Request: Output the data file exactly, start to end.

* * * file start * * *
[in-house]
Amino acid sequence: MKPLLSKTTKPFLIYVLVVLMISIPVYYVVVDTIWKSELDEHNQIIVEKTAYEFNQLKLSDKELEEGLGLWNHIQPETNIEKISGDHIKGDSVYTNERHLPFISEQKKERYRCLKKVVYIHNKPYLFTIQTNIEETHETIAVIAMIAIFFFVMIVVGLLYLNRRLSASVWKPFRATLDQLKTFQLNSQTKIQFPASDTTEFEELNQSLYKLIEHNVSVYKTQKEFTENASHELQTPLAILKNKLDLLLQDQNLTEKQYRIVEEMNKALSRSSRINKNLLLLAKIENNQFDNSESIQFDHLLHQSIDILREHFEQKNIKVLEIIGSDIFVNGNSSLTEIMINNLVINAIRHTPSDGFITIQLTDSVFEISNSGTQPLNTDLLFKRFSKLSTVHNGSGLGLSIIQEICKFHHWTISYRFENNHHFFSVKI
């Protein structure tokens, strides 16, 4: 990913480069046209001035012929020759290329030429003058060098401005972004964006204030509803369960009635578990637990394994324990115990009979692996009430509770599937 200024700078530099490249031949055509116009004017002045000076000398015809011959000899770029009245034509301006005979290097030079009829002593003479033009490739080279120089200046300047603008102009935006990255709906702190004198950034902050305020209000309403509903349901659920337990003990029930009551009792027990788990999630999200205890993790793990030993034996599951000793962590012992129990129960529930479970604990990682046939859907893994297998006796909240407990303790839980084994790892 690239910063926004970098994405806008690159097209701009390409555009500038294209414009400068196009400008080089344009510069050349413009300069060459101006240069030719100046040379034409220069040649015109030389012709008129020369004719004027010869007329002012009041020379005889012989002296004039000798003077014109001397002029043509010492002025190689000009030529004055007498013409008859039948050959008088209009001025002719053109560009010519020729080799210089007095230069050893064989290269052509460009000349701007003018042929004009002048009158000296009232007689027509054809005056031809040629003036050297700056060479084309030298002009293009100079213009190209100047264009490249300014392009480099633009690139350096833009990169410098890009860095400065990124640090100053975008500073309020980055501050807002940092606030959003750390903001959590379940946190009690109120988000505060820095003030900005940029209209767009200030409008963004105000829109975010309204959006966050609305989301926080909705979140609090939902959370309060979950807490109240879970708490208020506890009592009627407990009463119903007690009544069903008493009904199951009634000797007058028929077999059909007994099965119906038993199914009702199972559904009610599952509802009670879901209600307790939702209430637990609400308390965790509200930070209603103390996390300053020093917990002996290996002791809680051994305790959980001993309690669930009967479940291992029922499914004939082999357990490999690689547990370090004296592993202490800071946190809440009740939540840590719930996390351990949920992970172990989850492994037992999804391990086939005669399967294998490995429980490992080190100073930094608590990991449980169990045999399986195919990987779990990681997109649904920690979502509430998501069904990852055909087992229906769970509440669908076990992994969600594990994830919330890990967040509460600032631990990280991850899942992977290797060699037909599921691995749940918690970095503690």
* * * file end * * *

[in-house]
Amino acid sequence: MKPLLSKTTKPFLIYVLVVLMISIPVYYVVVDTIWKSELDEHNQIIVEKTAYEFNQLKLSDKELEEGLGLWNHIQPETNIEKISGDHIKGDSVYTNERHLPFISEQKKERYRCLKKVVYIHNKPYLFTIQTNIEETHETIAVIAMIAIFFFVMIVVGLLYLNRRLSASVWKPFRATLDQLKTFQLNSQTKIQFPASDTTEFEELNQSLYKLIEHNVSVYKTQKEFTENASHELQTPLAILKNKLDLLLQDQNLTEKQYRIVEEMNKALSRSSRINKNLLLLAKIENNQFDNSESIQFDHLLHQSIDILREHFEQKNIKVLEIIGSDIFVNGNSSLTEIMINNLVINAIRHTPSDGFITIQLTDSVFEISNSGTQPLNTDLLFKRFSKLSTVHNGSGLGLSIIQEICKFHHWTISYRFENNHHFFSVKI
């Protein structure tokens, strides 16, 4: 990913480069046209001035012929020759290329030429003058060098401005972004964006204030509803369960009635578990637990394994324990115990009979692996009430509770599937 200024700078530099490249031949055509116009004017002045000076000398015809011959000899770029009245034509301006005979290097030079009829002593003479033009490739080279120089200046300047603008102009935006990255709906702190004198950034902050305020209000309403509903349901659920337990003990029930009551009792027990788990999630999200205890993790793990030993034996599951000793962590012992129990129960529930479970604990990682046939859907893994297998006796909240407990303790839980084994790892 690239910063926004970098994405806008690159097209701009390409555009500038294209414009400068196009400008080089344009510069050349413009300069060459101006240069030719100046040379034409220069040649015109030389012709008129020369004719004027010869007329002012009041020379005889012989002296004039000798003077014109001397002029043509010492002025190689000009030529004055007498013409008859039948050959008088209009001025002719053109560009010519020729080799210089007095230069050893064989290269052509460009000349701007003018042929004009002048009158000296009232007689027509054809005056031809040629003036050297700056060479084309030298002009293009100079213009190209100047264009490249300014392009480099633009690139350096833009990169410098890009860095400065990124640090100053975008500073309020980055501050807002940092606030959003750390903001959590379940946190009690109120988000505060820095003030900005940029209209767009200030409008963004105000829109975010309204959006966050609305989301926080909705979140609090939902959370309060979950807490109240879970708490208020506890009592009627407990009463119903007690009544069903008493009904199951009634000797007058028929077999059909007994099965119906038993199914009702199972559904009610599952509802009670879901209600307790939702209430637990609400308390965790509200930070209603103390996390300053020093917990002996290996002791809680051994305790959980001993309690669930009967479940291992029922499914004939082999357990490999690689547990370090004296592993202490800071946190809440009740939540840590719930996390351990949920992970172990989850492994037992999804391990086939005669399967294998490995429980490992080190100073930094608590990991449980169990045999399986195919990987779990990681997109649904920690979502509430998501069904990852055909087992229906769970509440669908076990992994969600594990994830919330890990967040509460600032631990990280991850899942992977290797060699037909599921691995749940918690970095503690």